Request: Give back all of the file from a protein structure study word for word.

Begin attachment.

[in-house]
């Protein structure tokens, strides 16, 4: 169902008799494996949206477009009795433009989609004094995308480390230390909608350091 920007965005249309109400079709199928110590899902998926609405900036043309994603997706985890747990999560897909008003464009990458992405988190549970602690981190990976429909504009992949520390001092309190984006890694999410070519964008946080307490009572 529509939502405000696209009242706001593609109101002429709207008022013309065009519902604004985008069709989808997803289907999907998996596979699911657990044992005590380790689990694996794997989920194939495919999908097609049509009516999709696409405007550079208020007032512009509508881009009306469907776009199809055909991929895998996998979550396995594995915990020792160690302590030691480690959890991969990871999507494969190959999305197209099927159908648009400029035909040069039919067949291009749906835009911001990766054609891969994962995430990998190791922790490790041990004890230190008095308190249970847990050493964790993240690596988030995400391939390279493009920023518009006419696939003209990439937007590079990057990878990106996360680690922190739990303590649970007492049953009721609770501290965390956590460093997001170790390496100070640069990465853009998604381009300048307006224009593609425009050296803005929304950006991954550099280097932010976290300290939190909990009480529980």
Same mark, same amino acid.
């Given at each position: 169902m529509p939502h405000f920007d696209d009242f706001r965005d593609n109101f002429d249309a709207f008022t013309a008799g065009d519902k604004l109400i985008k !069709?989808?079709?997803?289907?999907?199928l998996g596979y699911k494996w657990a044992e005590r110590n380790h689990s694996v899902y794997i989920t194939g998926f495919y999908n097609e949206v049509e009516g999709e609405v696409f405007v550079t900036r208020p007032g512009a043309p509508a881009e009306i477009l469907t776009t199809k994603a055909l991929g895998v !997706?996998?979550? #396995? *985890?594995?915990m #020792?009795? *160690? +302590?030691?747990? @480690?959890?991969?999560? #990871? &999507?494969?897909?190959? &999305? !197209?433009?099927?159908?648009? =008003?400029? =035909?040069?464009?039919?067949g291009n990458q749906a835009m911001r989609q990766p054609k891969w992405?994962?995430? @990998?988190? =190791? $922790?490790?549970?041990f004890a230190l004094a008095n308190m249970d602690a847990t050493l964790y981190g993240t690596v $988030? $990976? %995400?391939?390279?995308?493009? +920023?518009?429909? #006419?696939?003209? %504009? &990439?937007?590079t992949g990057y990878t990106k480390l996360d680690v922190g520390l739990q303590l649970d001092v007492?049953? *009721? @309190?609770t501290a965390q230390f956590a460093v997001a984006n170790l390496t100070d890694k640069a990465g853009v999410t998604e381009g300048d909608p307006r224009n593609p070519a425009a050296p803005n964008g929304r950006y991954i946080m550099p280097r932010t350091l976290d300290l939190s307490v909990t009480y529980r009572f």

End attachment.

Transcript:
[in-house]
């Protein structure tokens, strides 16, 4: 169902008799494996949206477009009795433009989609004094995308480390230390909608350091 920007965005249309109400079709199928110590899902998926609405900036043309994603997706985890747990999560897909008003464009990458992405988190549970602690981190990976429909504009992949520390001092309190984006890694999410070519964008946080307490009572 529509939502405000696209009242706001593609109101002429709207008022013309065009519902604004985008069709989808997803289907999907998996596979699911657990044992005590380790689990694996794997989920194939495919999908097609049509009516999709696409405007550079208020007032512009509508881009009306469907776009199809055909991929895998996998979550396995594995915990020792160690302590030691480690959890991969990871999507494969190959999305197209099927159908648009400029035909040069039919067949291009749906835009911001990766054609891969994962995430990998190791922790490790041990004890230190008095308190249970847990050493964790993240690596988030995400391939390279493009920023518009006419696939003209990439937007590079990057990878990106996360680690922190739990303590649970007492049953009721609770501290965390956590460093997001170790390496100070640069990465853009998604381009300048307006224009593609425009050296803005929304950006991954550099280097932010976290300290939190909990009480529980």
Same mark, same amino acid.
């Given at each position: 169902m529509p939502h405000f920007d696209d009242f706001r965005d593609n109101f002429d249309a709207f008022t013309a008799g065009d519902k604004l109400i985008k !069709?989808?079709?997803?289907?999907?199928l998996g596979y699911k494996w657990a044992e005590r110590n380790h689990s694996v899902y794997i989920t194939g998926f495919y999908n097609e949206v049509e009516g999709e609405v696409f405007v550079t900036r208020p007032g512009a043309p509508a881009e009306i477009l469907t776009t199809k994603a055909l991929g895998v !997706?996998?979550? #396995? *985890?594995?915990m #020792?009795? *160690? +302590?030691?747990? @480690?959890?991969?999560? #990871? &999507?494969?897909?190959? &999305? !197209?433009?099927?159908?648009? =008003?400029? =035909?040069?464009?039919?067949g291009n990458q749906a835009m911001r989609q990766p054609k891969w992405?994962?995430? @990998?988190? =190791? $922790?490790?549970?041990f004890a230190l004094a008095n308190m249970d602690a847990t050493l964790y981190g993240t690596v $988030? $990976? %995400?391939?390279?995308?493009? +920023?518009?429909? #006419?696939?003209? %504009? &990439?937007?590079t992949g990057y990878t990106k480390l996360d680690v922190g520390l739990q303590l649970d001092v007492?049953? *009721? @309190?609770t501290a965390q230390f956590a460093v997001a984006n170790l390496t100070d890694k640069a990465g853009v999410t998604e381009g300048d909608p307006r224009n593609p070519a425009a050296p803005n964008g929304r950006y991954i946080m550099p280097r932010t350091l976290d300290l939190s307490v909990t009480y529980r009572f």